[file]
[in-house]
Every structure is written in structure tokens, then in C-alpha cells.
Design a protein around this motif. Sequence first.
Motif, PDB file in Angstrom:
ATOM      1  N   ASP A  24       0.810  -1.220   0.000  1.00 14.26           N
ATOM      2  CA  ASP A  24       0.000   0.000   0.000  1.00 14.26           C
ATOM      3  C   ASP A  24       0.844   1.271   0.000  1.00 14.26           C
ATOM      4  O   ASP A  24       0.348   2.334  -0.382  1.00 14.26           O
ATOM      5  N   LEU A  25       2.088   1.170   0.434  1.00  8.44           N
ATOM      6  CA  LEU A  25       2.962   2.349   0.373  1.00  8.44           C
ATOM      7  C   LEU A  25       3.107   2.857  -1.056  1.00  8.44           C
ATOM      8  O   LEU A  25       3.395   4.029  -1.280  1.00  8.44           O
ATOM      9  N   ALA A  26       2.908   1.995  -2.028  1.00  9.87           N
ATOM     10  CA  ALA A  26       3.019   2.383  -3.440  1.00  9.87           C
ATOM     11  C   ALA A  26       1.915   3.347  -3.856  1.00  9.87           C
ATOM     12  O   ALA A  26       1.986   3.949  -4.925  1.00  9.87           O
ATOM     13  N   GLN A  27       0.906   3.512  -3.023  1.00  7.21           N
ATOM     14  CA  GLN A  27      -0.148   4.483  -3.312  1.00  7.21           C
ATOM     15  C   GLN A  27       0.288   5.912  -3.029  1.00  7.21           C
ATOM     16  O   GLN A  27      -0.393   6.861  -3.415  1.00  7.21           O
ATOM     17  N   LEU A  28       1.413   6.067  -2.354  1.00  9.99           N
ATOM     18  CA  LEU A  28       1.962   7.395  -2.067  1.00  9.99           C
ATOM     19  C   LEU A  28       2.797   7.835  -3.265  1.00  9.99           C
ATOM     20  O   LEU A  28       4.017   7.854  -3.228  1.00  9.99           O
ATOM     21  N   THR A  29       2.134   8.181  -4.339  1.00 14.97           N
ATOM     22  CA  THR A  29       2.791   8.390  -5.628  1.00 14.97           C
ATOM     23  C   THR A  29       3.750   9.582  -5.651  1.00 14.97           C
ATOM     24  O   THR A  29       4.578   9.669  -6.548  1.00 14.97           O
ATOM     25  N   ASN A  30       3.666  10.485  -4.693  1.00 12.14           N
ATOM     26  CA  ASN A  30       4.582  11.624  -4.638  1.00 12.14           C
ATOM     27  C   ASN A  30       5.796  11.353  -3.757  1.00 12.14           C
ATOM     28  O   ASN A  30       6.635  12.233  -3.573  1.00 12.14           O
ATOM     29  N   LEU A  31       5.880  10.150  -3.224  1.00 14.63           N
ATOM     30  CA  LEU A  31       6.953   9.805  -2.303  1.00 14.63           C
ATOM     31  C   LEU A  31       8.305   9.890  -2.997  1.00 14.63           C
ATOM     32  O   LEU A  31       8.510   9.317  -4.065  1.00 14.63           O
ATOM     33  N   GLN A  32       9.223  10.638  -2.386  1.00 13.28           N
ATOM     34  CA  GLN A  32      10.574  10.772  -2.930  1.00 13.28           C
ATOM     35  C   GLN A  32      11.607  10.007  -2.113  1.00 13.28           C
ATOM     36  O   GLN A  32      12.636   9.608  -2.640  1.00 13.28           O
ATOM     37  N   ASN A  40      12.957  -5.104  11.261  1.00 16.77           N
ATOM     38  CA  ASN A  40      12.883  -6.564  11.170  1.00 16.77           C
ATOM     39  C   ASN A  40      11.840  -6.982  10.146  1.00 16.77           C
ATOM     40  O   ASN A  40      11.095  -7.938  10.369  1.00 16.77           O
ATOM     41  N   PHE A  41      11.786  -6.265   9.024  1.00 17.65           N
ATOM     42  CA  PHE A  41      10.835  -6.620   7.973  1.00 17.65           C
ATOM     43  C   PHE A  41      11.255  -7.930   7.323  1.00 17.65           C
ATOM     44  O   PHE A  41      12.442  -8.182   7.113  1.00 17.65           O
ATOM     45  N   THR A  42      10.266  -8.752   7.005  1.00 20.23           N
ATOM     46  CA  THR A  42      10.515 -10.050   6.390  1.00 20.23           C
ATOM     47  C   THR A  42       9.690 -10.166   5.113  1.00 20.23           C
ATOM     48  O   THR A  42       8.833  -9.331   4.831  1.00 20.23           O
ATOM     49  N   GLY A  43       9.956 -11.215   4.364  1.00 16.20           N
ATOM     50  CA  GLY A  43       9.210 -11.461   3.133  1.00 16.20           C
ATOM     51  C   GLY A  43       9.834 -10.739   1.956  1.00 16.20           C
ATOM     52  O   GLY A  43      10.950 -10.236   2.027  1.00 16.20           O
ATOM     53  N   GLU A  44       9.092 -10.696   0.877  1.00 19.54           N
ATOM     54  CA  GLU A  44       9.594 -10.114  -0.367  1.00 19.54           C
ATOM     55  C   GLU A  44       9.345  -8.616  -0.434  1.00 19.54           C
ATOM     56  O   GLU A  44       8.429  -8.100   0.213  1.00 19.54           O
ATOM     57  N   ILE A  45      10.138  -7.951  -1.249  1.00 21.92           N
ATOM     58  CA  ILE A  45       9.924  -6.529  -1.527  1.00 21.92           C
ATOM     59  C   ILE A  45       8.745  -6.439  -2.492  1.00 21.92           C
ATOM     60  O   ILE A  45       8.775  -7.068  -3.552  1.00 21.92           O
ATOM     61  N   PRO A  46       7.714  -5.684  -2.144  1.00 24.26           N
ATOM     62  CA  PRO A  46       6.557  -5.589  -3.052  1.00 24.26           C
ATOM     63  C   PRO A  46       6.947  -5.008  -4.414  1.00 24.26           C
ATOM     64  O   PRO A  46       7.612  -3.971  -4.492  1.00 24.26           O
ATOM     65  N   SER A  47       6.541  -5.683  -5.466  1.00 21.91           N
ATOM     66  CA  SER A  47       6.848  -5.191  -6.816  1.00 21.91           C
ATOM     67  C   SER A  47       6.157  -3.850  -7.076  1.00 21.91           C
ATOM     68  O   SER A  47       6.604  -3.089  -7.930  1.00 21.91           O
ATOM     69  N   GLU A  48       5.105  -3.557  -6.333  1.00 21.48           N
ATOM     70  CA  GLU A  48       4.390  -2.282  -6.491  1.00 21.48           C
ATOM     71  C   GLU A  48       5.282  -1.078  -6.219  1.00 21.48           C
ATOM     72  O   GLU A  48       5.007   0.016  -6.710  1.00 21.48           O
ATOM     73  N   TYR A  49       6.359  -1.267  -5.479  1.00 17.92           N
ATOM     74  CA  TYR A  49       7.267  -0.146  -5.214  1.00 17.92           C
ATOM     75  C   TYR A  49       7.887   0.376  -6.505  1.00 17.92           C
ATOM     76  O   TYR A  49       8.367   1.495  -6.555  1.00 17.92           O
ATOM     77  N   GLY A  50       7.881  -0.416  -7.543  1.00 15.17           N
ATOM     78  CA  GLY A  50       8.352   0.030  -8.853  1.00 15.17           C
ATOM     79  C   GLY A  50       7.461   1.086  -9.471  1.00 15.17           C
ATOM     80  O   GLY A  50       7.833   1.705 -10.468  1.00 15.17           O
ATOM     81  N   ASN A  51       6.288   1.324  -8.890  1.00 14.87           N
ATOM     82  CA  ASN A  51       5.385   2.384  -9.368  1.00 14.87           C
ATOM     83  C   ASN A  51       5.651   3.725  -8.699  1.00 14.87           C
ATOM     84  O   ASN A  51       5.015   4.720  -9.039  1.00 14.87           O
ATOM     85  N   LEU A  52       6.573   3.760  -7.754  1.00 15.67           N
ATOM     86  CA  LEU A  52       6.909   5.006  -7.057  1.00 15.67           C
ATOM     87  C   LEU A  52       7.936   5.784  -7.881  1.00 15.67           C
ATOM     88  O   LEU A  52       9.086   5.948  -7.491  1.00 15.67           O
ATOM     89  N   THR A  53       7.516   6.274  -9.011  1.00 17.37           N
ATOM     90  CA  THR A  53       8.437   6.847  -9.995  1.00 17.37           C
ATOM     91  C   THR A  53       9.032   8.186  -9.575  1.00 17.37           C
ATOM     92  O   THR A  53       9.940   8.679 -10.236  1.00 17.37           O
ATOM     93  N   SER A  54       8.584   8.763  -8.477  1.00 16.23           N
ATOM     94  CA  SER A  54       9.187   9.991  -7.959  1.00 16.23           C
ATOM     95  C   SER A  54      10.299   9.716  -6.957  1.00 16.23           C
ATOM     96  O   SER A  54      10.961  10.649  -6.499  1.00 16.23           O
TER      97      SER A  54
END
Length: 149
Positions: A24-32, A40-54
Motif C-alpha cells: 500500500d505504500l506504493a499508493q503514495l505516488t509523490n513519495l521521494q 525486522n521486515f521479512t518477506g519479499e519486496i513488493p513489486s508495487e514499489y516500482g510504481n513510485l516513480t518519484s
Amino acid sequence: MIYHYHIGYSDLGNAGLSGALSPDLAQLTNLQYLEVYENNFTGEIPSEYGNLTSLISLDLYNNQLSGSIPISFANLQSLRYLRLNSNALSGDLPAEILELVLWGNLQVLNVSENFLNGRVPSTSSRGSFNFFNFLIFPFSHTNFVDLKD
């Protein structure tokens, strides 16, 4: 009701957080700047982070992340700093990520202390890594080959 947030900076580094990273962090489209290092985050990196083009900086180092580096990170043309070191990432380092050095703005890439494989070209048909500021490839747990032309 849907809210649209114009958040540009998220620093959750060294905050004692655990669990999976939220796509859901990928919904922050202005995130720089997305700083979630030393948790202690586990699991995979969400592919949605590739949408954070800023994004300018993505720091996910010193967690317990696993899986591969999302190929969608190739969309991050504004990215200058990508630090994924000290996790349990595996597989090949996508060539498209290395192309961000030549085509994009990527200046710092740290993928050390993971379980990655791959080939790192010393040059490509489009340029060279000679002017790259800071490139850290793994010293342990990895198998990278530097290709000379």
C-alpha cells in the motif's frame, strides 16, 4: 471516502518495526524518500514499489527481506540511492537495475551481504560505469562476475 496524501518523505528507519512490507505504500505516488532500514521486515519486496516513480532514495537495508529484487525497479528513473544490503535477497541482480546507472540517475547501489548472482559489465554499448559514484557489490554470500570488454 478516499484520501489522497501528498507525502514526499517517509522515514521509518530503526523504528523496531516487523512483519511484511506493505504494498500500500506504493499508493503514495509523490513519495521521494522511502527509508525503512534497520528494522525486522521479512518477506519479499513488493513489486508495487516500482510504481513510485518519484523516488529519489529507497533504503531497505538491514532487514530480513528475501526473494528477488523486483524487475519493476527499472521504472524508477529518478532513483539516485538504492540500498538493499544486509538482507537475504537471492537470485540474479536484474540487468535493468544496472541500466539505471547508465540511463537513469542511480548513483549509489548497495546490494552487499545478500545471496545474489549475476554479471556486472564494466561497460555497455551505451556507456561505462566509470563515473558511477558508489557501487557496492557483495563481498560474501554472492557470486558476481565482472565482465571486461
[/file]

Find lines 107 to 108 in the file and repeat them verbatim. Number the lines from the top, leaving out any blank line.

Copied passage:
């Protein structure tokens, strides 16, 4: 009701957080700047982070992340700093990520202390890594080959 947030900076580094990273962090489209290092985050990196083009900086180092580096990170043309070191990432380092050095703005890439494989070209048909500021490839747990032309 849907809210649209114009958040540009998220620093959750060294905050004692655990669990999976939220796509859901990928919904922050202005995130720089997305700083979630030393948790202690586990699991995979969400592919949605590739949408954070800023994004300018993505720091996910010193967690317990696993899986591969999302190929969608190739969309991050504004990215200058990508630090994924000290996790349990595996597989090949996508060539498209290395192309961000030549085509994009990527200046710092740290993928050390993971379980990655791959080939790192010393040059490509489009340029060279000679002017790259800071490139850290793994010293342990990895198998990278530097290709000379």
C-alpha cells in the motif's frame, strides 16, 4: 471516502518495526524518500514499489527481506540511492537495475551481504560505469562476475 496524501518523505528507519512490507505504500505516488532500514521486515519486496516513480532514495537495508529484487525497479528513473544490503535477497541482480546507472540517475547501489548472482559489465554499448559514484557489490554470500570488454 478516499484520501489522497501528498507525502514526499517517509522515514521509518530503526523504528523496531516487523512483519511484511506493505504494498500500500506504493499508493503514495509523490513519495521521494522511502527509508525503512534497520528494522525486522521479512518477506519479499513488493513489486508495487516500482510504481513510485518519484523516488529519489529507497533504503531497505538491514532487514530480513528475501526473494528477488523486483524487475519493476527499472521504472524508477529518478532513483539516485538504492540500498538493499544486509538482507537475504537471492537470485540474479536484474540487468535493468544496472541500466539505471547508465540511463537513469542511480548513483549509489548497495546490494552487499545478500545471496545474489549475476554479471556486472564494466561497460555497455551505451556507456561505462566509470563515473558511477558508489557501487557496492557483495563481498560474501554472492557470486558476481565482472565482465571486461